Edward Hermann does a wonderful job reading this pseudoscientific yarn of things that go bump in the Antarctic night, about an expedition so shudderingly terrifying to the cool scientists who undertake it, that it must never be repeated. Never! Somewhere in the abyss, deep in the shadows, half glimpsed and indistinctly understood, lives a horrible ancient secret that looks and sounds like a nightmarish... [I won't spoil it] ... derailed. Pustular, foul-smelling, impenetrably dark and evil. Heads rolls and ichor oozes. Fly from the station! Fly you fools, fly!
I wondered as I listened if these many tales of love and transmigration of souls might not be the historical link between Hinduism and Buddhism--through Pythagorus--to OVID--then Christianity. Step 1: Kama sutra + reincarnation; Step 2: Pythagorean metempsychosis; Step 3: Ovid's lover's souls born again -- transfigured by capricious gods into new shapes; Step 4: The soul is born again, not in many forms, but only into Heavenly spirits or Satan's slaves depending on one's worship and love for the Christ. Ok, I admit it. It's a stretch.
Few readers are better suited to their characters than Stacy Keach to Mike Hammer. His leathery growl brings Hammer, a private eye who's a relentless psychopath to life--making him almost sympathetic. Best exchange in the book? Something like this:
Hammer: "Honey, fix your skirt. I'm only human."
Easy listening. Fun, too.
Listening to this I tried to figure who left more dead bodies in his wake: Clint Eastwood in the spaghetti westerns, Shakespeare in Titus Andronicus, or Hammett in Red Harvest. Hobson's choice. After a while I lost track of the characters. They came, they bled, they dropped and they were forgotten. Repeat. And repeat. Competently recited by Richard Ferrone.
Some books keep me awake at night. This old war horse with its mechanical, grade school narration had the reverse effect. It is the cure for insomnia.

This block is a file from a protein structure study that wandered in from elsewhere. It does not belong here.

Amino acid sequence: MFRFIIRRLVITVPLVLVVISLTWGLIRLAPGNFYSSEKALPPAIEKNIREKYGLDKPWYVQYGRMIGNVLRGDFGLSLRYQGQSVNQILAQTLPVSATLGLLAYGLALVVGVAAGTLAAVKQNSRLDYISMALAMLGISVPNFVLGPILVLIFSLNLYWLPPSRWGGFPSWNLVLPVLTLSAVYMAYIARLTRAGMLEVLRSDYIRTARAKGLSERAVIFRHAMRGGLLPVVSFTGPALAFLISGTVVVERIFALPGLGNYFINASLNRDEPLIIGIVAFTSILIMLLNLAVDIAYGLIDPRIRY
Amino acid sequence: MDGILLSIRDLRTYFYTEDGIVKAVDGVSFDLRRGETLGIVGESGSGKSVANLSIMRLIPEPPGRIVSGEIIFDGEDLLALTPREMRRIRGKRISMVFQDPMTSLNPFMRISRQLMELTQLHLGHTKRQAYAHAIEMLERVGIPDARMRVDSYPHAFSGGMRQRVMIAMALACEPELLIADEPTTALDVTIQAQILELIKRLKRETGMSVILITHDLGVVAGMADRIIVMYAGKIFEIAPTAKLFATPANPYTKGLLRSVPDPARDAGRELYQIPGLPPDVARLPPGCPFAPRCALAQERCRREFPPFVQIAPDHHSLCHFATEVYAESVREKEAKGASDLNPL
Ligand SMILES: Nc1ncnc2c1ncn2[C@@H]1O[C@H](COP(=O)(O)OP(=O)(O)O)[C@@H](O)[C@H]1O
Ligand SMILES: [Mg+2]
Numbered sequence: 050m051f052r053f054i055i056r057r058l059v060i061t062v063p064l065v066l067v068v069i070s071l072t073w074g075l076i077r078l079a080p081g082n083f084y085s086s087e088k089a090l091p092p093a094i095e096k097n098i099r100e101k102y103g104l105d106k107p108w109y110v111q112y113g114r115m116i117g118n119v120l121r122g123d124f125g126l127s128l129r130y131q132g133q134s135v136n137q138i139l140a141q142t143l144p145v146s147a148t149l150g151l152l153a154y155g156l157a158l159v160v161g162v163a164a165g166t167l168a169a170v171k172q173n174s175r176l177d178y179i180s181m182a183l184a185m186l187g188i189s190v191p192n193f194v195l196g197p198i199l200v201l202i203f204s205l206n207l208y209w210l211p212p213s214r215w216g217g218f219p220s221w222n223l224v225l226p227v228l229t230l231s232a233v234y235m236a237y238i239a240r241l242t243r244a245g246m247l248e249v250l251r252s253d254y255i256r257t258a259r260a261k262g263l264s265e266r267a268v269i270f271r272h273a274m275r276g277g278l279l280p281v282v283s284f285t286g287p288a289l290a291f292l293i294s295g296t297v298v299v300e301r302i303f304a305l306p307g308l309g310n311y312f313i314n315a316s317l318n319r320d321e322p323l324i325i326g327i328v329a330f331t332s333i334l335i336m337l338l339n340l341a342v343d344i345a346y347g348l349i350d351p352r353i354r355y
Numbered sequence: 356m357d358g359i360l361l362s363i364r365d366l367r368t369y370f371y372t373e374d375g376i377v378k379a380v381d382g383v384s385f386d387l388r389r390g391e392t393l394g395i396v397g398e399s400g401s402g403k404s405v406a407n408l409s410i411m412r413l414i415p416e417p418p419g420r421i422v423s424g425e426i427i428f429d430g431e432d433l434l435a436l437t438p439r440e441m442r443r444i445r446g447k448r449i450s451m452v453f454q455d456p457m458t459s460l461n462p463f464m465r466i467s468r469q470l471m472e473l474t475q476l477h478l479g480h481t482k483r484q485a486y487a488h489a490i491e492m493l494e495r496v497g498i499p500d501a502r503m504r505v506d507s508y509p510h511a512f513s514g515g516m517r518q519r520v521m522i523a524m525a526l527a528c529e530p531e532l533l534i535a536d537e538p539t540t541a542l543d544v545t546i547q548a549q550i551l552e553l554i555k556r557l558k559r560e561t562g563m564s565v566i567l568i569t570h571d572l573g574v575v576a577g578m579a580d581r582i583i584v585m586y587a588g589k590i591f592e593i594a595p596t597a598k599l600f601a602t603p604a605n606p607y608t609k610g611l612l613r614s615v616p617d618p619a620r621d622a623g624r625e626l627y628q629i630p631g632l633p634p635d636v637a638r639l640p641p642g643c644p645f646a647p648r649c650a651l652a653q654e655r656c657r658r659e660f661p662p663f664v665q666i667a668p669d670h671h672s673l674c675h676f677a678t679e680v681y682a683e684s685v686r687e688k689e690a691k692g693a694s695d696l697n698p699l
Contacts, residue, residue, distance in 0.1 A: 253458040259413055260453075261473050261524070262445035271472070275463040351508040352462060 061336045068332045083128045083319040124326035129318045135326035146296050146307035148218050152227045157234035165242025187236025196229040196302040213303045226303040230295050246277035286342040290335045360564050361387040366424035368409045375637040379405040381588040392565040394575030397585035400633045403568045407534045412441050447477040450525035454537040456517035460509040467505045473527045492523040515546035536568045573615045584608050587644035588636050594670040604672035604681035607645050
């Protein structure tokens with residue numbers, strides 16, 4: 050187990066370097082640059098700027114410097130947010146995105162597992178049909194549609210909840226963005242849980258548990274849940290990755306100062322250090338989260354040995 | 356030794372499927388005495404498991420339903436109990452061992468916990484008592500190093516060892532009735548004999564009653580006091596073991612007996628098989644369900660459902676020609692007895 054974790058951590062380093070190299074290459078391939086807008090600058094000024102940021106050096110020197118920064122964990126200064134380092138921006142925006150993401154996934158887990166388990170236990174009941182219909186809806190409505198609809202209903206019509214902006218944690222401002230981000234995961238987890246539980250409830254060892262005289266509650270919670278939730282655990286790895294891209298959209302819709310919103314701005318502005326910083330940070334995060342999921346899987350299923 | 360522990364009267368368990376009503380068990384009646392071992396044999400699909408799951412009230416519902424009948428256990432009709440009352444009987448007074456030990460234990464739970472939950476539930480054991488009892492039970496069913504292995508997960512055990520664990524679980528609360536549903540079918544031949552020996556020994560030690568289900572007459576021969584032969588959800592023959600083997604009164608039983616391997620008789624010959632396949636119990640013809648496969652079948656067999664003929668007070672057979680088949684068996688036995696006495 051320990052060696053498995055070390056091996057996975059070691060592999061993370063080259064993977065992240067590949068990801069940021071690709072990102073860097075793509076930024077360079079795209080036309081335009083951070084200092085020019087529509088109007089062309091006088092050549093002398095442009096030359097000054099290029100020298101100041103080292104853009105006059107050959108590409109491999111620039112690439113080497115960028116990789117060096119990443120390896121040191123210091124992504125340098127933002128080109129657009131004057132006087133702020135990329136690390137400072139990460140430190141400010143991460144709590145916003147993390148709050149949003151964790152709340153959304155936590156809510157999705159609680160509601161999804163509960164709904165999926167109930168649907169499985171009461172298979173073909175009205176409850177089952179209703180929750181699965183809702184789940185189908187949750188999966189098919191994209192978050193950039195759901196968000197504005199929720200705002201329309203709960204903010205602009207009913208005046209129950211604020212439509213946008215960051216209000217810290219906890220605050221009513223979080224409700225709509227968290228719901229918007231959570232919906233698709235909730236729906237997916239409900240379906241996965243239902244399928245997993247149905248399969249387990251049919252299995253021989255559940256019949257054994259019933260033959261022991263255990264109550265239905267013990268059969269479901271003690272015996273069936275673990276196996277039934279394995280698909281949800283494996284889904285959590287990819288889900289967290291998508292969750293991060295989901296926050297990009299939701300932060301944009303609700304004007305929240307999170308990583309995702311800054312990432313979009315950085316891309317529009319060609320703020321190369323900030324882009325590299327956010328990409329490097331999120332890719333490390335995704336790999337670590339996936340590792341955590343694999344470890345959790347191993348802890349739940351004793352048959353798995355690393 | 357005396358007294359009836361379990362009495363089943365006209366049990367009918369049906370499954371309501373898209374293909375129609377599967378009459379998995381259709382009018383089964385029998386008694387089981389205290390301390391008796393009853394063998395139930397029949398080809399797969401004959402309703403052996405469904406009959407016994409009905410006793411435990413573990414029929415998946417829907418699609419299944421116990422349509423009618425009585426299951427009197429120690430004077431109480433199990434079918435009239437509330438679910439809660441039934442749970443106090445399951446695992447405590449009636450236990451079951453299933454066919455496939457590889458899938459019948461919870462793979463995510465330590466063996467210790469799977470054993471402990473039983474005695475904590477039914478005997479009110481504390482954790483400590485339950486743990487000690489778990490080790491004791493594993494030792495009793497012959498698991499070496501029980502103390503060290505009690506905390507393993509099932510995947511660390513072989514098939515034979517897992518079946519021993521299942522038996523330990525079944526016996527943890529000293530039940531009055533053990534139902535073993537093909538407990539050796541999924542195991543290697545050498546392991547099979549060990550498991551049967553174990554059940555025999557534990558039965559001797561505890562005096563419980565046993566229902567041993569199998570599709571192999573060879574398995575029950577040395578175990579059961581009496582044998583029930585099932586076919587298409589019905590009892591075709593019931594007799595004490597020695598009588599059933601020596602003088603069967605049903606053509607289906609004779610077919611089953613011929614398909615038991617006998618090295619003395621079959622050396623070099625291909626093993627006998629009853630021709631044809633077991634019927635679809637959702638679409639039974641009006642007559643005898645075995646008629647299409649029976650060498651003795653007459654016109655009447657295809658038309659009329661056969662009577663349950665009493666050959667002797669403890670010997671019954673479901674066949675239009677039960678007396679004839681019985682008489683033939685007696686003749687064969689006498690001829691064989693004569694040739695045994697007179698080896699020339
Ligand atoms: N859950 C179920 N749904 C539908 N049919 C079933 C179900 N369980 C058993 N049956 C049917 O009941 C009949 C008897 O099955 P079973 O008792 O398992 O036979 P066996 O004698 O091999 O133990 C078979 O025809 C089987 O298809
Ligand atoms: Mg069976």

Simon Prebble is terrific narrating this tale of a Scotland Yard policeman as he tries to solve several murders and bury the ghost of his WWI PTSD. The best chapter? Ian Rutledge (the detective) contemplates suicide in a former battlefield that's now a cemetery for fallen soldiers.
This cleverly written science-fiction about alien possession in a rural hamlet is a worthwhile listen if you have a four-hour drive. It has that wonderful British blend of proper diction, understated elegance, subdued horror, good pacing, and just enough biological theory to keep you engaged. The aliens are strange, beautiful, and deadly competitors for an overmatched human race. The conclusion--how we deal with them--will bring to mind contemporary terrorist tactics. Recommended.
There's nothing better than a night curled-up by the fire, with Mark Twain and his eccentric, peculiar, indispensable point of view. Here he tackles desperados, stagecoaches, mountains dappled with snow, the city of Salt Lake, and so on and so forth. It hardly matters what he says, he says it so damn well.
A very diffident, self-effacing member of the British scientific classes (in the "Age of Wonder") was the first European to write of his explorations and adventures in Africa, with its warring tribes, its tradition of slavery and thuggery, its tropical diseases, hyenas, wolves, and natural beauty. His diary, reproduced here, captivated readers in his time, and still surpasses almost every travel story ever told. It reminded me of "Incidents of Travel in Central America, Chiapas, and the Yucatan," except in this true-life adventure, the author put his life at risk almost every day, with a stiff upper lip, of course.
The "schtick" here is placing the hard-boiled detective in the midst of SS officers, concentration camps, etc. while trying to solve a double murder. And, it gets better and better as it goes.
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